Wednesday, December 2, 2009

Thomas Edison said it best...

"Many of life's failures are people who did not realize how close they were to success when they gave up."

It's been well over a month since my last post. I got bogged down with work and visitors and parties and the holidays and... and... and... I started taking the couch apart about a week before Halloween. After many tedious hours pulling out staples and only getting the skirt off, I realized that I would not be able to get the couch done before a weekend filled with wonderful people coming to see the house. So I stopped at the skirt, leaving the couch functional, swearing to press on once the holiday was through.

After Halloween I did start tearing apart the couch again. I do have high hopes that taking the couch apart is much harder than putting it back together. The process of pulling out all of the staples is rather difficult! I severely underestimated the time and effort that it would take. On more than one occasion my hands were cramped and scratched from all of the tugging and pulling.

In fact... as more time was spent taking the couch apart, the more I thought about taking it to a reupholster to have it finished. I had made it most the way through the couch but couldn't figure out how to get the base removed without destroying everything. Surely it would be significantly cheaper with all the work I had done and the fabric already purchased... Right?

I'm happy to tell you that I don't know the answer to that question. Tonight I had no plans but to attack the couch. Much to my surprise, once I figured out how to take the bottom off it was actually really easy. My couch had been sitting mostly unfinished for weeks. Had I realized that all I had left was about two hours of work, then I would have cracked down much earlier and gotten through it.

I'm glad I didn't quit when I was so close to finishing. Granted, I still have a lot more to do, I'm quite happy that I made it over the first major hump of this project. Here is a slide show of the process of taking the couch apart. Each time I removed a piece of fabric I would take a picture and put it in the slide show. Here is my little demolition show:

Now some reflection for taking apart a couch...

#1 You won't know, but you will learn as you go.

Before I started this project I did as much reading online as I could. One thing that really hated hearing was that each piece of furniture will tell you how it's put together. I wanted to know and be prepared going into it, but I wasn't and anyone else that is contemplating doing their own upholstery, you won't either. As you take each piece of fabric off, you see how your individual piece of furniture is put together. There really is no "way" to do it. You just sort of have to take the plunge to see what you are getting into.

#2 Use leverage to work smarter instead of harder.

Removing staples is a total pain! All I can say is that leverage is your best friend. Don't try and pull a staple straight out. Don't try and put a flathead screwdriver straight under it to pry it up. Remember to use your angles. Use a corner of the screwdriver to get underneath the staple and shimmy it until it lifts. Use some needle nose pliers to pull it the rest of the way out. Instead of pulling it straight out, twist one side out and then the other. It will save you a ton of energy... promise.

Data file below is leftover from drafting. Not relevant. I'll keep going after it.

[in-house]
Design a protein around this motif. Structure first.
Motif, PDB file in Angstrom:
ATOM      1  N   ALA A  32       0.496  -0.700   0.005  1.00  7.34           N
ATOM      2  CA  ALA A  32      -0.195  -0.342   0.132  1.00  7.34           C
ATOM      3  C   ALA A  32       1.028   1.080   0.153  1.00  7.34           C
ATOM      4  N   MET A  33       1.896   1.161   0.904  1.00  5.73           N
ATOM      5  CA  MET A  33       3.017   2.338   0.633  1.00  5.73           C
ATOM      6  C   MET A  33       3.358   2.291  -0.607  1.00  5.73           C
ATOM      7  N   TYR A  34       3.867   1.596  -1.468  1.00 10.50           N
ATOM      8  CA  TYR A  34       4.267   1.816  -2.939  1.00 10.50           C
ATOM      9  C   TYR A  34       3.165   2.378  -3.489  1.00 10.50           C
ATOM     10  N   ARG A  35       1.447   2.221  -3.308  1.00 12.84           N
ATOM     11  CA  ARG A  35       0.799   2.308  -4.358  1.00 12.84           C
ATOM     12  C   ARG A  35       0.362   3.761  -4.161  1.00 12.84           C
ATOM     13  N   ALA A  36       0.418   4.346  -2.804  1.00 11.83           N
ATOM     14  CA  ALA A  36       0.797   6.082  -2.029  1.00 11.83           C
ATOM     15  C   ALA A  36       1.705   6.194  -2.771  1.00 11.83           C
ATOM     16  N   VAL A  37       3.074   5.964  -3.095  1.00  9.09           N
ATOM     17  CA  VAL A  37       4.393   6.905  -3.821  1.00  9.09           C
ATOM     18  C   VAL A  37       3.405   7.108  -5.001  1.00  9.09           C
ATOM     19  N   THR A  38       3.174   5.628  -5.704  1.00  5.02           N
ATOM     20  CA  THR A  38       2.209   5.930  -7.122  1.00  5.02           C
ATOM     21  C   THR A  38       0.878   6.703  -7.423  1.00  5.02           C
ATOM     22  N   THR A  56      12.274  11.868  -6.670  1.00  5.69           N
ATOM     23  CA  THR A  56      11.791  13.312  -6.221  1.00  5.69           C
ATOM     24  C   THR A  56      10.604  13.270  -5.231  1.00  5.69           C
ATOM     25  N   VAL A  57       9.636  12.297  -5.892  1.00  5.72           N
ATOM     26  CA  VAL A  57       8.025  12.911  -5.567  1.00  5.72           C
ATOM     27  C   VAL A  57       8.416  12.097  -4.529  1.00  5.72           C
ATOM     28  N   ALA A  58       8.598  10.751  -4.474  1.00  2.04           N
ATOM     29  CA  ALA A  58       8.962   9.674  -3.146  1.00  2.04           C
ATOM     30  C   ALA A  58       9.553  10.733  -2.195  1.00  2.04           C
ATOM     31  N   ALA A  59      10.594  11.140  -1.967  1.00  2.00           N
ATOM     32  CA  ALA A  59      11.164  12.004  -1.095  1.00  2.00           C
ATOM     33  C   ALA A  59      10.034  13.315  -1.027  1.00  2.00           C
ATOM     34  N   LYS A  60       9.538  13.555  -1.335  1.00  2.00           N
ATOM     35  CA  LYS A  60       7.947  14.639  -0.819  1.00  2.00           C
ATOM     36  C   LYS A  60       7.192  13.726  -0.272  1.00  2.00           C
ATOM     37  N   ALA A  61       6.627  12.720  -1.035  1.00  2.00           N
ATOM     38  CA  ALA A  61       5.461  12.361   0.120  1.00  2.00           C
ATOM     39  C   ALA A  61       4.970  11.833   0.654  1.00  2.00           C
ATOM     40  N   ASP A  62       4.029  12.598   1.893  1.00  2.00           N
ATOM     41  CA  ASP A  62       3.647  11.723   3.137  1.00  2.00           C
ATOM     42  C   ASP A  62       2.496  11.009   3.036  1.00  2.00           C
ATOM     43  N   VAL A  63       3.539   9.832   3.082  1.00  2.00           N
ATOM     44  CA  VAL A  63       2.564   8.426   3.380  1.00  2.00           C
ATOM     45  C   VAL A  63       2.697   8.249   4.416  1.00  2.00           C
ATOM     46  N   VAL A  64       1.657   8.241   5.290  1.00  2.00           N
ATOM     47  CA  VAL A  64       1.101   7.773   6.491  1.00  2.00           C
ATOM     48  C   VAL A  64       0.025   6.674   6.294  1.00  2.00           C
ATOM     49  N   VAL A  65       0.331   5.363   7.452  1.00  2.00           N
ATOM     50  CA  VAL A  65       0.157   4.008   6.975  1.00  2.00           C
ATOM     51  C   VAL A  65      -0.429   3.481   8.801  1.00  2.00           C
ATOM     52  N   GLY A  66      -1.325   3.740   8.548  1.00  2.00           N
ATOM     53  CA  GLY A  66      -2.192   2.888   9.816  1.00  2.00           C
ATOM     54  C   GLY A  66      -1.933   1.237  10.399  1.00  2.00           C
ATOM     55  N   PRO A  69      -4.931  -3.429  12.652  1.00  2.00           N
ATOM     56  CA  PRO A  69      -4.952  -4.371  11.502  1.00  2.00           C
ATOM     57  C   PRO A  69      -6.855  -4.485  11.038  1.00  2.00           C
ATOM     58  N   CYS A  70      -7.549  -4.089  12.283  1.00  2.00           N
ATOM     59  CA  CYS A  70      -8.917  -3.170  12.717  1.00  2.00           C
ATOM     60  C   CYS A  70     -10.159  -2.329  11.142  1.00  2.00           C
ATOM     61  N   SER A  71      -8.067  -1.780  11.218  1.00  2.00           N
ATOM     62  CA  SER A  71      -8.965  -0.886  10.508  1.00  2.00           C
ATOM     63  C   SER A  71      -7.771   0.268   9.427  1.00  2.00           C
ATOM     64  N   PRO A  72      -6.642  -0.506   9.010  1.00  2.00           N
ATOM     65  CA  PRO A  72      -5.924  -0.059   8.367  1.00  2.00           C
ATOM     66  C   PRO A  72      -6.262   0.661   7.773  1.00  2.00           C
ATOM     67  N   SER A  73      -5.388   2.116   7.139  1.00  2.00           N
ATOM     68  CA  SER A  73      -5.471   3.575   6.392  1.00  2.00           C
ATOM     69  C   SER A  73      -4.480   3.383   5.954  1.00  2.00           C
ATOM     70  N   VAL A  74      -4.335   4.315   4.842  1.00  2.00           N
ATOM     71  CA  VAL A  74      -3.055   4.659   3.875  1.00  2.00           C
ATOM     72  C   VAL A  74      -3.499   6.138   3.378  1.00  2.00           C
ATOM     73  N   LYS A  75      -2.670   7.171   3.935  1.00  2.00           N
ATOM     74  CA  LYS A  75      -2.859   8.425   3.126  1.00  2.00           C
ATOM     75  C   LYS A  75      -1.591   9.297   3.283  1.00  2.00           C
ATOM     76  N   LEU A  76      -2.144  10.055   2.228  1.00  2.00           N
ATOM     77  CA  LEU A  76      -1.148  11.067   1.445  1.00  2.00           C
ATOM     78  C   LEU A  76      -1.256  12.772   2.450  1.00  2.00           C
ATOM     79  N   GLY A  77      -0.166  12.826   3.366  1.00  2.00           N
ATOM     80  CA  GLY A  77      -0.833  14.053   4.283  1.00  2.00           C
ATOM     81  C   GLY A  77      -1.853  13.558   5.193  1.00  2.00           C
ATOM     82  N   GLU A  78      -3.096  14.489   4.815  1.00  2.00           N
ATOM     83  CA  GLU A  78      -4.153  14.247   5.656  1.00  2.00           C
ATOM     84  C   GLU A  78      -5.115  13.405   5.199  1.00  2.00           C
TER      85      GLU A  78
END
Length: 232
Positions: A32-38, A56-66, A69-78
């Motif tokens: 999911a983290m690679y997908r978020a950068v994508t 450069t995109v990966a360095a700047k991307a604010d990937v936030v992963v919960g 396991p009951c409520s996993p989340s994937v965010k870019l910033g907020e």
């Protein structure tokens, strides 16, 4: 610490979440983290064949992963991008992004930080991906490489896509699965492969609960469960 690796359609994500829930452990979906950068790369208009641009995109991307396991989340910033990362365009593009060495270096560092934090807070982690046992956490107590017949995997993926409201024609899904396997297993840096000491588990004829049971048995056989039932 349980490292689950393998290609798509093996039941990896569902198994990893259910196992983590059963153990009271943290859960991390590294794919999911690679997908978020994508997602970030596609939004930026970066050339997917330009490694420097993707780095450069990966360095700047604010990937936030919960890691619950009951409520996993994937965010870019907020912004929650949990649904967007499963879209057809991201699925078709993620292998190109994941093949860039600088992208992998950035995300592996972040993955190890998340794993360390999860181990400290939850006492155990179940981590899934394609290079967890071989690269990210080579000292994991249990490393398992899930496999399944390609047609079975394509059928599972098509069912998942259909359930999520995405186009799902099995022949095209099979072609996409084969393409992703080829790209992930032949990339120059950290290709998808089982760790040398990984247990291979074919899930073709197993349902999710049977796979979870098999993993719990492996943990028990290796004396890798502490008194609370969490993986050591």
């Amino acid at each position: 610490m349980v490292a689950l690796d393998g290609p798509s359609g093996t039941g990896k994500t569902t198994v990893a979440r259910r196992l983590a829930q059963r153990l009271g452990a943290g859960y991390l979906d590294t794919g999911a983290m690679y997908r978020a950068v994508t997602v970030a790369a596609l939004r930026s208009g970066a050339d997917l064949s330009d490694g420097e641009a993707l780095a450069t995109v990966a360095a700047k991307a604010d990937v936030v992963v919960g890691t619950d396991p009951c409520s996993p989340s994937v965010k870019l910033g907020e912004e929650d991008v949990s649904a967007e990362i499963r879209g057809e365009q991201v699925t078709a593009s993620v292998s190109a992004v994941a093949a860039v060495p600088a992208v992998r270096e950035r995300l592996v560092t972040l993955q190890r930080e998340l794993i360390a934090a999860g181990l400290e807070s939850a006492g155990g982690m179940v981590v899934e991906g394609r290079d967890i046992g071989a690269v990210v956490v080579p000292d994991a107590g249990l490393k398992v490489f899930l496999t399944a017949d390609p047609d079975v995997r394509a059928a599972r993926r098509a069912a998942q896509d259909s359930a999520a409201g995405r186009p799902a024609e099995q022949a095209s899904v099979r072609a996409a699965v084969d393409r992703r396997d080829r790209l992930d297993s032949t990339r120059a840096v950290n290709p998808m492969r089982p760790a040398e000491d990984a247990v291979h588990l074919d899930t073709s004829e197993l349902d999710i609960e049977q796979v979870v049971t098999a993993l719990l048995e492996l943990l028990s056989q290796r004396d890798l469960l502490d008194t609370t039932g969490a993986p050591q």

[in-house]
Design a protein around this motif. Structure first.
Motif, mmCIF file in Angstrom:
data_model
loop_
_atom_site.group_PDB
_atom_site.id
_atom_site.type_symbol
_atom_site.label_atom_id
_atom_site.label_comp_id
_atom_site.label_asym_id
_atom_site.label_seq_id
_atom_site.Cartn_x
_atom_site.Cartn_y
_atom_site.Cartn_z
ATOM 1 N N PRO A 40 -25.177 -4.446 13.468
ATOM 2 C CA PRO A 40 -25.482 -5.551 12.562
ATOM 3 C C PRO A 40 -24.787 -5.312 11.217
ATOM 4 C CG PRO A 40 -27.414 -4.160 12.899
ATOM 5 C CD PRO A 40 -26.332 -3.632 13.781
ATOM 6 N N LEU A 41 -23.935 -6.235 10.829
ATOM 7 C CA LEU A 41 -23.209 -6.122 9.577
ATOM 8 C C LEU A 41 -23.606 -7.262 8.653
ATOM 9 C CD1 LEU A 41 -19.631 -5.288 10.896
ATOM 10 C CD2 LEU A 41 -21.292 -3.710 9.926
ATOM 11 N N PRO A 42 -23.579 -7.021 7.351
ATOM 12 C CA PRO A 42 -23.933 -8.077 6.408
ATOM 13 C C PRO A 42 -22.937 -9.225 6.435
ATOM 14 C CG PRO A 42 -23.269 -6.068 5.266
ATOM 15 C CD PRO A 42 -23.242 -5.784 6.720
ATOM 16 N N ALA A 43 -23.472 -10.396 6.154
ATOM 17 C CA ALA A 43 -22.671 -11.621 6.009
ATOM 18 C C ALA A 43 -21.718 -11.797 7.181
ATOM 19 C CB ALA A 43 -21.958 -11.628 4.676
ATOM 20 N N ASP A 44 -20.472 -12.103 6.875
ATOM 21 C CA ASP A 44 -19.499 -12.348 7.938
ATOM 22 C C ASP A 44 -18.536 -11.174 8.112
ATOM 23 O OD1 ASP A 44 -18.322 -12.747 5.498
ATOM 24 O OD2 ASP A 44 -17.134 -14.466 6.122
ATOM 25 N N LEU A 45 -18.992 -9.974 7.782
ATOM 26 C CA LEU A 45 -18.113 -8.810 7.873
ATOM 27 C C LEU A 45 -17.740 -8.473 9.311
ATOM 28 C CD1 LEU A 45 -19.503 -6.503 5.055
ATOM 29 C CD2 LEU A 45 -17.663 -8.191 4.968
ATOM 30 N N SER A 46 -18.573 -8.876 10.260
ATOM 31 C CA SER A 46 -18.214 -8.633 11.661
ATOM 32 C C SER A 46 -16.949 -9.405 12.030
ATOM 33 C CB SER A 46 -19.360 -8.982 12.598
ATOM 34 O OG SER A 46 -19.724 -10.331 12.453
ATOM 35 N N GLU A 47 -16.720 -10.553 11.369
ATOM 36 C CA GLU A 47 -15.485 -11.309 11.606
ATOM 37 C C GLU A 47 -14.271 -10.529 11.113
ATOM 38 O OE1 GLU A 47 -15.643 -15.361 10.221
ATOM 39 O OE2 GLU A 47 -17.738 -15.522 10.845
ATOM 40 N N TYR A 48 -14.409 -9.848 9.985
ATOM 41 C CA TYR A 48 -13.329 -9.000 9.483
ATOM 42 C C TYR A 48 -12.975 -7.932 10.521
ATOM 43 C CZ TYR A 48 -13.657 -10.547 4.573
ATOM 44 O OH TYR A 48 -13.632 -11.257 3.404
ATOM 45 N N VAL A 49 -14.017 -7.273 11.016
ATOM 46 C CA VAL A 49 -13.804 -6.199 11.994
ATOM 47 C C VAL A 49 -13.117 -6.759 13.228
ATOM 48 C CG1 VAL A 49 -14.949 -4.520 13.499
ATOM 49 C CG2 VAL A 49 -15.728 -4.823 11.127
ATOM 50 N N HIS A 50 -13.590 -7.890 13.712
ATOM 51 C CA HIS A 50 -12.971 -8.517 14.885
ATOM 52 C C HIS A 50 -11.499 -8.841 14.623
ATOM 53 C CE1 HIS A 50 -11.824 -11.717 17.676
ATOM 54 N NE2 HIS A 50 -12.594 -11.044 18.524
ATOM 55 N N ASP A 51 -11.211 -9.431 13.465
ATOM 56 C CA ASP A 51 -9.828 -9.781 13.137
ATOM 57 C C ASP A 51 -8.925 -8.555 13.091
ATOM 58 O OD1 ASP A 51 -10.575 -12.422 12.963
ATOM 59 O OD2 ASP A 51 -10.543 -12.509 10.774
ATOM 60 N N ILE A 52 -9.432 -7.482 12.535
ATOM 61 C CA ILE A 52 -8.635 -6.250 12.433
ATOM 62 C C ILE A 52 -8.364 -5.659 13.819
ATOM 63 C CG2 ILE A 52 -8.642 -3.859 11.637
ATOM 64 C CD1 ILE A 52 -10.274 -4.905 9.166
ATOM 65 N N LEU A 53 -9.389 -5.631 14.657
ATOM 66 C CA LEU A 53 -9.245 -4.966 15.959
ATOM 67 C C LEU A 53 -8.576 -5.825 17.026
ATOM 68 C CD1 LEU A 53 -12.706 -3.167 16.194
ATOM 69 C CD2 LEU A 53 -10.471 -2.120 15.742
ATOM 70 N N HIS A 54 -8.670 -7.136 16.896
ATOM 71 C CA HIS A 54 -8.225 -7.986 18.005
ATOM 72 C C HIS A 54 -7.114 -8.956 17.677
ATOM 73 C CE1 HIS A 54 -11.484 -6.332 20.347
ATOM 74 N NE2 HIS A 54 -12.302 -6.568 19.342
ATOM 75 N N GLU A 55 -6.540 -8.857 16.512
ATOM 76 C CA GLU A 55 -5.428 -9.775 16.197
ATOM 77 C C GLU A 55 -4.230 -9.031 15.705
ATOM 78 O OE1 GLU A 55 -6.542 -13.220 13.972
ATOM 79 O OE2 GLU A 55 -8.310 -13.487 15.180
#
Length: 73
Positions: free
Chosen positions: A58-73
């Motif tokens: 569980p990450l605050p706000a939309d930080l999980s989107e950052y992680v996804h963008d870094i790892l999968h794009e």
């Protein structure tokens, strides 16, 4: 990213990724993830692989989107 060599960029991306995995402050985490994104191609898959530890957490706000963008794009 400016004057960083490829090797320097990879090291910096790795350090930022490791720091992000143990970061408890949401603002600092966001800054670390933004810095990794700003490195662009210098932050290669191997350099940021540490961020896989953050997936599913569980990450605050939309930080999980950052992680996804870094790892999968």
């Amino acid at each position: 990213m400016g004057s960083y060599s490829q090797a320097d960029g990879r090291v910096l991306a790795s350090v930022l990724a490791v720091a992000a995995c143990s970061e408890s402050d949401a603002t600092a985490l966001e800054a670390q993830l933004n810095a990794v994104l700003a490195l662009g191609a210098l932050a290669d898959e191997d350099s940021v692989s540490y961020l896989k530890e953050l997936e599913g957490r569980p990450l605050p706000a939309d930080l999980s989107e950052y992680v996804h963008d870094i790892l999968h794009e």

#3 Ripping isn't illegal.

The next thing I had read in blogs was not to rip the fabric off the furniture. This seemed pretty self-explanatory, so I took great care in removing every staple in the beginning. One thing that I learned is that you don't want to rip the fabric, but once you get a good amount of staples out, you can pull the fabric and it won't rip. In fact, there were many staples I couldn't get out with the tools, but when I gave the fabric a nice tug they came right out. Once I figured out how many staples I could take out and then rip the rest, then I really started saving time! Just be careful, because this fabric is the pattern for your new couch and you want it to remain as intact as possible.

Some other things...

Another thing that I did was keep a vacuum close by. There is a lot of nasty crap that falls in couches and I was often ripping into something and having a mess fall out. Keep a vacuum close by and clean up as you go. I wouldn't make a rule out of this or anything, but I'm OCD and think it's kind of gross not to...

This part is going to take time, so just remember to be patient and not give up on yourself. I probably put in around 15 hours to take this couch apart. Plus I got a lot of slivers and scrapes in the process. It's not always pretty, but it is completely doable by anyone with some will power.

I do have a couple challenges ahead of me:

(1) There is one board in the back of the couch that has some damage that will need to be fixed. I'm not sure how I will fix it, but it is something that I will have to address before I recover the couch. I may or may not have to actually seek out an upholster for some professional suggestions.

(2) I absolutely do not want to put a skirt back on the couch. Not only are skirts kind of dated, but they really make taking a couch apart super difficult. It was one of the most time consuming things I had to do and it was a decoration. However, there was black fabric on the bottom that was covered by the skirt. So basically I will have to reinvent a new pattern for some pieces of the couch so that I don't have to do a skirt.

(3) Sewing... I am going to have to sew for the next part of this project and the last time I sewed was in 7th grade. That was half my life ago so that is kind of scary right now. I have faith and youtube videos, so I'm hoping I will make it :)

To conquering my first baby step,


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